To book your trains in India I recommend you use 12GO Asia as they search all the trains on the local Indian train system. Joining the local system is a bit of a pain so for 2 weeks it’s easier to use a 3rd party site like this.
Booking.com is my go-to to book accommodation in India including hostels, mid-range and heritage hotels in India because it really has it all and offers flexible options!
It can be quite hard to get the official visa page for countries, THIS IS THE OFFICIAL website to apply for your e-visa to India. What’s great is that as of 2019 most nationalities can apply for a one year e visa for India as standard, not 60 days like it used to be, and it’s a multiple entry visa so after this 2-week taste of India you can go back on the same visa within the next year!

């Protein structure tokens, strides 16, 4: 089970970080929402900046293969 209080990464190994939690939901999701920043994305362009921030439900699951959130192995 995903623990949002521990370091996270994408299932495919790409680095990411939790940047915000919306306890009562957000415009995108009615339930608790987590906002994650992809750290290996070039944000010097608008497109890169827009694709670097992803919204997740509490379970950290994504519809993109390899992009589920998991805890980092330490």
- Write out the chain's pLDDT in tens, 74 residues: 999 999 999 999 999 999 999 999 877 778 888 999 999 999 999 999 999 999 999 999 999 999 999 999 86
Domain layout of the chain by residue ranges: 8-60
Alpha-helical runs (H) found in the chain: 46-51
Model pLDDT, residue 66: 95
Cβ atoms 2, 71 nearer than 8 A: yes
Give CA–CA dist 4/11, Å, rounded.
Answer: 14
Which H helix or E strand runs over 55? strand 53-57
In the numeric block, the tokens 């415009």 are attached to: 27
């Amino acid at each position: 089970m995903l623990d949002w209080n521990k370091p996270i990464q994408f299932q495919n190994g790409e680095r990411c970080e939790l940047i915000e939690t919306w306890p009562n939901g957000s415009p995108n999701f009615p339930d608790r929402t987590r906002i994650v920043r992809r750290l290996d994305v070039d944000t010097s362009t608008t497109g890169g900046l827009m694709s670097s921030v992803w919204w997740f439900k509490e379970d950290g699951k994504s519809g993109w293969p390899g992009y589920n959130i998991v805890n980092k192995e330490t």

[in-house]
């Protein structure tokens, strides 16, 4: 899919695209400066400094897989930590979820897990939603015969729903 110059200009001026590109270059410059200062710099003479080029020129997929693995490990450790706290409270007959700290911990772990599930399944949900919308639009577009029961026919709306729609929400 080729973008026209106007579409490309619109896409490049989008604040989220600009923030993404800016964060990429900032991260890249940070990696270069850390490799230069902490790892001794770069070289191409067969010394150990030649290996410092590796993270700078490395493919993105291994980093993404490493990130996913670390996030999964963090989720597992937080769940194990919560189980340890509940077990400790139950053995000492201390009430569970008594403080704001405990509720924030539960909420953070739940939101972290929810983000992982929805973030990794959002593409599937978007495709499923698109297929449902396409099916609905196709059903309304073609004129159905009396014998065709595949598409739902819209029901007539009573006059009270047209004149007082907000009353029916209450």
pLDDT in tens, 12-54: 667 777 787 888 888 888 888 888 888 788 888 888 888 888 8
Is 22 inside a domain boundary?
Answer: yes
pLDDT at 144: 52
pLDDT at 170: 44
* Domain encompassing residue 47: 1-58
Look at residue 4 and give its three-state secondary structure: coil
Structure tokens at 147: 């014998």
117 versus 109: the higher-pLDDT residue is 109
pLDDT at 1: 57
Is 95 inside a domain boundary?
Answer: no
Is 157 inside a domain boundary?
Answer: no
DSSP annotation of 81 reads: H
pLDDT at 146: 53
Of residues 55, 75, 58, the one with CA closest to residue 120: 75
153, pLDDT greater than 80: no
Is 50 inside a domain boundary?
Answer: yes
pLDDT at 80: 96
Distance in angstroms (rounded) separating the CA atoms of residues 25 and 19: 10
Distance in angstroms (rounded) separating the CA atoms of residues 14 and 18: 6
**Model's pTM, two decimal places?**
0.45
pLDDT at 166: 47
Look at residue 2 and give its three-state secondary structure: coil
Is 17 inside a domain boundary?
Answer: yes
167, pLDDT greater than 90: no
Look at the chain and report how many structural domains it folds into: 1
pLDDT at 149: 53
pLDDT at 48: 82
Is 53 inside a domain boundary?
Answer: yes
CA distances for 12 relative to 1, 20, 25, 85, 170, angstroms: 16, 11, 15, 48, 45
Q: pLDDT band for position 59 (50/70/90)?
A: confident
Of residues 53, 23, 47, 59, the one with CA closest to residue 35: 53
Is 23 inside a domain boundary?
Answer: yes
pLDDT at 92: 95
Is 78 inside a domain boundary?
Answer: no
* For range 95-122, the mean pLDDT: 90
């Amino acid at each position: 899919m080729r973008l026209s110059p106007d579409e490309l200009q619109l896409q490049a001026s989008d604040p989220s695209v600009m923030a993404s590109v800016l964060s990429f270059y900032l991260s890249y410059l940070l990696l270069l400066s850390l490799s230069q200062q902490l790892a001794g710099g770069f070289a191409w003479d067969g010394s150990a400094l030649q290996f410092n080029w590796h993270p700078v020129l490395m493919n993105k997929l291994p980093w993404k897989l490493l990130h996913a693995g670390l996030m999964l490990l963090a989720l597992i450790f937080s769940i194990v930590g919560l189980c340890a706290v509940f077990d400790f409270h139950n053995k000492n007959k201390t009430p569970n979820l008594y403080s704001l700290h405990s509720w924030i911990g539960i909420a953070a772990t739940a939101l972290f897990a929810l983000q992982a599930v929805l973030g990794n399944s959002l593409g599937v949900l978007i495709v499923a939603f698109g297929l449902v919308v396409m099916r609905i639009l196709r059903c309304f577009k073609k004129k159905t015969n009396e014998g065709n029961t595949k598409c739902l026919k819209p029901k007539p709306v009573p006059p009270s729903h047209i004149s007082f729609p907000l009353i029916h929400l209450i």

Now you’ll be set for your trip to India! Enjoy!
I’m Ellie Quinn!
I’m a total travel addict who has been travelling on and off since 2010 and has visited over 55 Countries. (Yes I’m a Country Counter!)
I love travelling, visiting new places and meeting new people but what I also love is sharing my experiences to help you travel better which is why I pour so much love into this travel blog.
I hope to inspire you to visit new places, make you realise you don’t need to spend that much money to travel and give you helpful tips on how to get to places and what to do there!
In the Summer of 2018, I quit my office job in London, left my flat and I now travel and blog full time so if this is your dream too, follow along because I post lots of content around how I did it. And it really is amazing!
Be sure to follow me on social media and you can read more about me here!